By D.K. Christi
Asking Wayne Hoffman what’s on his mind might elicit an offer to read yours.
An expert illusionist, Hoffman has performed for celebrity events and international audiences. On one occasion, he was elevated to supernatural status by a covetous voodoo priest. But the Estero resident’s “powers” are actually the product of years of study and practice in psychology and mind control, combined with high-energy stage presence.
Hoffman has appeared on every major television network in the United States, amazed Howie Mandel on “America’s Got Talent” Season 10, received the “Fooled Us” award from famed magicians Penn & Teller, and toured the country with his show “Mind Candy.” Earlier this year, he was a contestant on TBS’s “Go-Big Show.”
During his early Hollywood days, one of Hoffman’s more memorable audiences was at the Playboy Mansion, where skinny-dipping and scantily clad guests were a distraction.
On a tour in West Africa, he found the line between supernatural and mentalist was thin.
“After my performance, I visited a voodoo market to witness the roots of my craft,” Hoffman said. “Villagers watched me perform an act turning pebbles into coins. One of the priests said, ‘Can you give me that power?’”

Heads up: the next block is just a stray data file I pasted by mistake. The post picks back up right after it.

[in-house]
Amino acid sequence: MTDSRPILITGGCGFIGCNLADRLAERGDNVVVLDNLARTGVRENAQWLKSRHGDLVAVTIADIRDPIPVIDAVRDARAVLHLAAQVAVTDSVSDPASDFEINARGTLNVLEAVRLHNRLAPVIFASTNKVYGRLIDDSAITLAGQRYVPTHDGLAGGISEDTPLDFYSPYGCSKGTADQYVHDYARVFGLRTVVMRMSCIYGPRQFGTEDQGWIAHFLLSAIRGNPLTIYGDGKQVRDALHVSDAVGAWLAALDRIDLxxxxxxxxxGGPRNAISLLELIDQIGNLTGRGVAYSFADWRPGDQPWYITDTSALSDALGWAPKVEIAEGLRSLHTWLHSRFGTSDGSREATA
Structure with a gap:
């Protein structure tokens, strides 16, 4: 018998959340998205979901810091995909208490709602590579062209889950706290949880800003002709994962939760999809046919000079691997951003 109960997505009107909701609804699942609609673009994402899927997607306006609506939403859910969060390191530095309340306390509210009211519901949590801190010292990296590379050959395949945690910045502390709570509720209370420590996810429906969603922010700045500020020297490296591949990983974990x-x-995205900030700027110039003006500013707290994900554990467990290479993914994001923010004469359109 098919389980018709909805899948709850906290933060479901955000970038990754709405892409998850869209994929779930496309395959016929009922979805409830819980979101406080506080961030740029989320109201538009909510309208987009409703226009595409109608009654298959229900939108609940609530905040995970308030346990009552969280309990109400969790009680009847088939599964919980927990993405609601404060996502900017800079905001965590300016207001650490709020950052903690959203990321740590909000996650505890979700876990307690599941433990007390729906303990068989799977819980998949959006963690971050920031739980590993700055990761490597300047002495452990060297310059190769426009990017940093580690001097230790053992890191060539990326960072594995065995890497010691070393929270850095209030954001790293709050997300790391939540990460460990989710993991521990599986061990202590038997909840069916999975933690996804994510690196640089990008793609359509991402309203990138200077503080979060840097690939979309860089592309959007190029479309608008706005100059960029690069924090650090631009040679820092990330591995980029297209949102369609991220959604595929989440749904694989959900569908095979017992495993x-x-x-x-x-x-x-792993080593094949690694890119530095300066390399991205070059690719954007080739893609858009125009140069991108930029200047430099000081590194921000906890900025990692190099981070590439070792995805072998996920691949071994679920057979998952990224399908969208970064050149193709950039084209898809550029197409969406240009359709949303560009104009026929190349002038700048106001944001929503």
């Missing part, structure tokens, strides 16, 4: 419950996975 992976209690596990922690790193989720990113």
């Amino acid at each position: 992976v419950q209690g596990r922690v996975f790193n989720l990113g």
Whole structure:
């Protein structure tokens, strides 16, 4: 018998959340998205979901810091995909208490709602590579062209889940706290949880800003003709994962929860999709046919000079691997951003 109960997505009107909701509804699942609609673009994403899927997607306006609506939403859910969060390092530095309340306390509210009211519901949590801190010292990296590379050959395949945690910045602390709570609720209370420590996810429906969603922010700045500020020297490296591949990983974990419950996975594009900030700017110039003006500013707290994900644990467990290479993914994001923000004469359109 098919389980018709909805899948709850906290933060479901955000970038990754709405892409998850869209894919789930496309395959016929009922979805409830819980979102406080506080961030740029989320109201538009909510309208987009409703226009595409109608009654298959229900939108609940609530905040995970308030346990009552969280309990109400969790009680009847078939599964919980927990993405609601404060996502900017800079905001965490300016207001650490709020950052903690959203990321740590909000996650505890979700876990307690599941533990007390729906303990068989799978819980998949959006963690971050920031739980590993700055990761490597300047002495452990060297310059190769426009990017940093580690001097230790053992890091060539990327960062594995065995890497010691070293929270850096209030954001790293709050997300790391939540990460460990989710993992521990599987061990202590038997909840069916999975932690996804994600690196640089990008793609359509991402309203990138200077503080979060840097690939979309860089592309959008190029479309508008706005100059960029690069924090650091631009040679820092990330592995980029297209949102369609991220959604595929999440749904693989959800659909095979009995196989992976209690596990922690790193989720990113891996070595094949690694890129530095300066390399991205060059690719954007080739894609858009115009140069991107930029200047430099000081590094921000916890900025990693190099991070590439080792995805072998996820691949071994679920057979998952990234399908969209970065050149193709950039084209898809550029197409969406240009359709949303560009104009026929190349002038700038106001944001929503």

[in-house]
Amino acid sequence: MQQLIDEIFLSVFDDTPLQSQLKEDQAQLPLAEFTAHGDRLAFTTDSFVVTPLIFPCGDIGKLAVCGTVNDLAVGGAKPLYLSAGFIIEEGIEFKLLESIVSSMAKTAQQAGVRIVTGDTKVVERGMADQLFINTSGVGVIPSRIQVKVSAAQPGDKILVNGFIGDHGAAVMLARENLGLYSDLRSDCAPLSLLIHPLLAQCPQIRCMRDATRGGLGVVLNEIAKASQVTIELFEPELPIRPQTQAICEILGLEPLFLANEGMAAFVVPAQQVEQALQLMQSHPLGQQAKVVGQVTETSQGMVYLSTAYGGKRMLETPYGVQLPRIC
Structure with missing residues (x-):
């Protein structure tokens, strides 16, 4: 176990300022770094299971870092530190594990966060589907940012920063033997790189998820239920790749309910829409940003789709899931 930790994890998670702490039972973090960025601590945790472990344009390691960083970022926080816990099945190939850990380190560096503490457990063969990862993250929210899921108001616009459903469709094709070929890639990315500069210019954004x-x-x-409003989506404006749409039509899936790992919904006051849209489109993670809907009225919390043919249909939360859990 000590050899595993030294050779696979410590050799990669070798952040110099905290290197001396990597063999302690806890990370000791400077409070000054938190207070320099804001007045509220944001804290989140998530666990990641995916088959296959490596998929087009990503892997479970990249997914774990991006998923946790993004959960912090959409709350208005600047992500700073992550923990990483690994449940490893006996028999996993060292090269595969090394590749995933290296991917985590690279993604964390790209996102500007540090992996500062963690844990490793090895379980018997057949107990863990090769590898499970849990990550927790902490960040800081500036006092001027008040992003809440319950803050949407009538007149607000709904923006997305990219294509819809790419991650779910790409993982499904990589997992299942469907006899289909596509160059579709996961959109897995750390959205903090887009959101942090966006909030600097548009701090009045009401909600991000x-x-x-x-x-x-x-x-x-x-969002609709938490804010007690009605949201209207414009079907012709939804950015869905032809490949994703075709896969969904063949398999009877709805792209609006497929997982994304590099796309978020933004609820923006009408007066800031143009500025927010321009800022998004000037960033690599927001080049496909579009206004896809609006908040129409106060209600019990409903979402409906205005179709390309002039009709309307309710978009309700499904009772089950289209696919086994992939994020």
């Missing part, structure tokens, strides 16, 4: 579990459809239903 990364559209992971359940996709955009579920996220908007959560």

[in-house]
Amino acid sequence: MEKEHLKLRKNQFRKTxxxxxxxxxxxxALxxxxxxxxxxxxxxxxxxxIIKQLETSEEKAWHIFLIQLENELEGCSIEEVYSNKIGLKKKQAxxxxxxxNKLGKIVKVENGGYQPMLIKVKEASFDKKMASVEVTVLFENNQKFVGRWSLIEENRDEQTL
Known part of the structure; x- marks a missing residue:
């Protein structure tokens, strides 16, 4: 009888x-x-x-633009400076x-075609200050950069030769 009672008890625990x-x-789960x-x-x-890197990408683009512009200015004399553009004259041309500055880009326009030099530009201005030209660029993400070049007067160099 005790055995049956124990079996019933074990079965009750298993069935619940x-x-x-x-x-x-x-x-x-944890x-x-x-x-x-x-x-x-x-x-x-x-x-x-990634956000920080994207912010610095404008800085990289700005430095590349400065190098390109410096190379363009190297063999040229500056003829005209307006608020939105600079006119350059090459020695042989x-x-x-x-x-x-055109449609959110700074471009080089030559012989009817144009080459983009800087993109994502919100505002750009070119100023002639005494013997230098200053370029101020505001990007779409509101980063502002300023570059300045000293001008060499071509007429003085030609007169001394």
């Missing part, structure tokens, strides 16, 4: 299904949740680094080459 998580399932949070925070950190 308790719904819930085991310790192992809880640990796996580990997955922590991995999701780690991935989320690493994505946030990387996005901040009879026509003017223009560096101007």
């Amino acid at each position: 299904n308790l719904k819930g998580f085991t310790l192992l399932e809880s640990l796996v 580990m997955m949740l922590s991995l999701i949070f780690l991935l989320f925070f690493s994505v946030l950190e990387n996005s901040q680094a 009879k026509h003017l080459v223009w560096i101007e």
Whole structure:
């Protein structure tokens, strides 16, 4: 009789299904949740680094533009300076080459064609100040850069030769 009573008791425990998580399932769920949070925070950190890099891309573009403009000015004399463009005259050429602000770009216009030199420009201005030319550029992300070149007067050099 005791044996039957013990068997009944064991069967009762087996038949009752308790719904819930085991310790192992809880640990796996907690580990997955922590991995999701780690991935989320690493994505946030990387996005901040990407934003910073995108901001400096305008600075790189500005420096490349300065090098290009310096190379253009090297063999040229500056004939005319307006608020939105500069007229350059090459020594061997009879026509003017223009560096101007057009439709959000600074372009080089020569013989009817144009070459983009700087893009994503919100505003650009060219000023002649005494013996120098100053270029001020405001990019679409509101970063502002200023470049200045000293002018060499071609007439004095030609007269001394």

During his showbiz career, Hoffman has performed in more than 64 countries.
“My driver’s license says I live in Estero, but I consider myself a global citizen, living on planes and in hotel rooms,” said Hoffman.
With so much travel, being home in Estero was rare for Hoffman — until the pandemic hit. The abrupt cancellation of his world tour in March 2020 came as a lifestyle shock. Hoffman and his manager soon realized the enormity of the unexpected and headed for a new niche: interactive virtual performances.
In his first big “Distance Deceptions” show — broadcast from his new home studio — Hoffman wowed an audience of 75,000 on a star-studded livestream variety show hosted by country music legend Willie Nelson in April 2020.
Recently, he presented “Distance Deceptions” for audiences in London, India, California and New York — all in one day.
“And I slept on my own pillow in Estero at night,” he added.
Hoffman says he’s now performing more than he did before the pandemic, all from the convenience of home. Whether live or via video conferencing, his tactics work the same. He builds rapport through positive interactions, entertaining and distracting as he subconsciously directs his subject’s mind where he wants it to go.
Think of a place you’d like to travel and the number of a hotel room you might stay in there. If it were Hoffman asking, he’d then leave your mouth agape as he pulls out a scrap of paper from his wallet with that very place and room number already written on it.
How does he do it?
Like all good magicians, Hoffman won’t give away his secrets. It’s a craft that’s been perfected since his preteen years.
“Everyone told me, ‘You can’t do that for a living —you’re crazy,’” Hoffman recalled. “I found a home in a magic store in my hometown of Redding, Penn., from the age of 10 to 15.”